Children and the Brain: Think NUTRITION!

Wednesday, November 30, 2011

What is good for the body... is good for the brain!

Often when we hear the term "healthy" we generally think in terms of our body. However, realizing the positive impact healthy habits have on our brains and the dramatic effect they have on children can make an remarkable difference.

When I am presenting on the effects nutrition has on a child's brain, learning and behavior, I commonly find that people are amazed with this knowledge. This is the reason for my post today. I am sharing this wonderful article written by Lauren Zimet which was previously published in Common Ground Magazine, Nov 2011.
I have had the pleasure of co-presenting with Lauren. She is a dedicated, knowledgeable and passionate professional. 
Enjoy the valuable tips she provides for the benefit of healthier brains for everyone!

Nourishing Tips to Nurture New Neurons

The brain. We all have one. Yet sometimes it gets neglected. Our brain needs certain things to stay healthy, and when it doesn’t get what it needs, it doesn’t work its best. In fact, sometimes it gets the opposite of what it needs—stuff it doesn’t know what to do with, such as artificial dyes, preservatives, GMOs, the list goes on. When this happens, both our brain and body can have a sensitive reaction that can look different from one person to the next, but that can result in a brain not performing to its highest standard.

We are born with 100 billion brain cells, and the brain continues to develop after a baby is born. New connections between neurons—the cells in the brain—form quickly from birth to 3 years of age and older, and continue to form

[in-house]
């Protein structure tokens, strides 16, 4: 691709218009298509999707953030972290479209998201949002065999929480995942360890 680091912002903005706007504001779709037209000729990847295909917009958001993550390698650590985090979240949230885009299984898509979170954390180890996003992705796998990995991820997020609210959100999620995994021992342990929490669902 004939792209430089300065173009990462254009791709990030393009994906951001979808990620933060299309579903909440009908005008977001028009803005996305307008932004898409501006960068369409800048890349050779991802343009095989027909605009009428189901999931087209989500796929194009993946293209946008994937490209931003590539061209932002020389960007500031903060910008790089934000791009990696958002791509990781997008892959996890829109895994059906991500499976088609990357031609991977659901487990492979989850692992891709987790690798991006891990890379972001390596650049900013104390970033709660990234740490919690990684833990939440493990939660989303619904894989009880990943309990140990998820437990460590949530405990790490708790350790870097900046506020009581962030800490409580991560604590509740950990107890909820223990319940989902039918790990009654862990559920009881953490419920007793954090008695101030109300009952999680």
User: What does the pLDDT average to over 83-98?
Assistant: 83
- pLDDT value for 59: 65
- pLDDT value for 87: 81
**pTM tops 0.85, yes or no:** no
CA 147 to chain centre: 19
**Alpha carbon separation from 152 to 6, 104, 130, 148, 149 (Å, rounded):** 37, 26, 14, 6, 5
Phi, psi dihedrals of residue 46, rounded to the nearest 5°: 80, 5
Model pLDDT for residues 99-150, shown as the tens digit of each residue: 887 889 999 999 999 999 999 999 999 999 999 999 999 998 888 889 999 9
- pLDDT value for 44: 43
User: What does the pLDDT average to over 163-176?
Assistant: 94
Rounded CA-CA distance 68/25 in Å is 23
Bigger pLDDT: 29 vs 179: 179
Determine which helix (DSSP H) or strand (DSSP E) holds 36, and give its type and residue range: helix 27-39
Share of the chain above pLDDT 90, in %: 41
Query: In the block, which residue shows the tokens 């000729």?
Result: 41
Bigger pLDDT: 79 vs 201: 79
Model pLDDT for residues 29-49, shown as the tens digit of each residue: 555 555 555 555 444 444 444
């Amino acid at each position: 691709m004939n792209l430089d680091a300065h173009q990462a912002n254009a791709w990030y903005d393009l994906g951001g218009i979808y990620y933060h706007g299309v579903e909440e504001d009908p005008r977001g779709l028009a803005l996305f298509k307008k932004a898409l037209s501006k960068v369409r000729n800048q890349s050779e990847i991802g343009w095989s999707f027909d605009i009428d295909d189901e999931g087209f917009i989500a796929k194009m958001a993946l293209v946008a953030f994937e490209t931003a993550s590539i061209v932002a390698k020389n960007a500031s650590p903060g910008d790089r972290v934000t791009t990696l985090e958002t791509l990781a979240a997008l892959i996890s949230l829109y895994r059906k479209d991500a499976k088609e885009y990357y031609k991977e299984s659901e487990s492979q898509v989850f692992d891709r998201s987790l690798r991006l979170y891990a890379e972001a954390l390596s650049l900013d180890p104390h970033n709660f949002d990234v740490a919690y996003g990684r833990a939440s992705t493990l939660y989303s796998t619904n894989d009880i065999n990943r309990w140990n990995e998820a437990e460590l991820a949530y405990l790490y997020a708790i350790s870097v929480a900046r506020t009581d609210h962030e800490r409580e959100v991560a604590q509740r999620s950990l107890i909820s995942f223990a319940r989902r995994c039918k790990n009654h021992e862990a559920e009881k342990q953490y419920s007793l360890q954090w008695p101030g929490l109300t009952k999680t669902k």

throughout our lives, based on our experiences.This means that we need to
nourish our brain. We need to give it both the experiences and the nutrients it needs to develop.

It helps children to know that with each healthy food they eat, and with each new experience they have, they are making a new connection in their brain.
This is powerful stuff . Imagine a child, face filled with pride, after making a new neural connection by simply taking a nibble of kale.

The following seven tips offer
simple ways you can guide your
children in making mindful, brain-healthy
choices as they play, learn, work, and grow.

1. Eat a rainbow. Eat a colorful array of organic
fruits and vegetables every day. Be sure
to wash the produce to loosen and rinse away
any dirt and toxins. Kids can do the washing—
they benefit from being part of a team, by having
their own chores within the family.

2. Don’t eat fake stuff. The body really likes
food. Real food, such as whole grains, protein,
lots of colorful vegetables and fruit, and
healthy fats. Limit or eliminate artificial dyes,
colors, and flavors; processed foods; fast foods;
junk foods; hydrogenated fats; sodas; and refined sugars.

3. Keep your brain lubed. Your brain needs
omega-3s, also known as essential fatty acids
(EFAs), for proper growth, particularly                                      
for neural development
and maturation of sensory systems.
EFAs speed neural signals
along, making for smoother,
easier, more efficient communication
across synapses. EFAs are
necessary for proper immune
function, cognitive development,
and for skin function and
maintenance. A deficit in EFAs
has been linked to ADHD, dyslexia,
and other behavioral and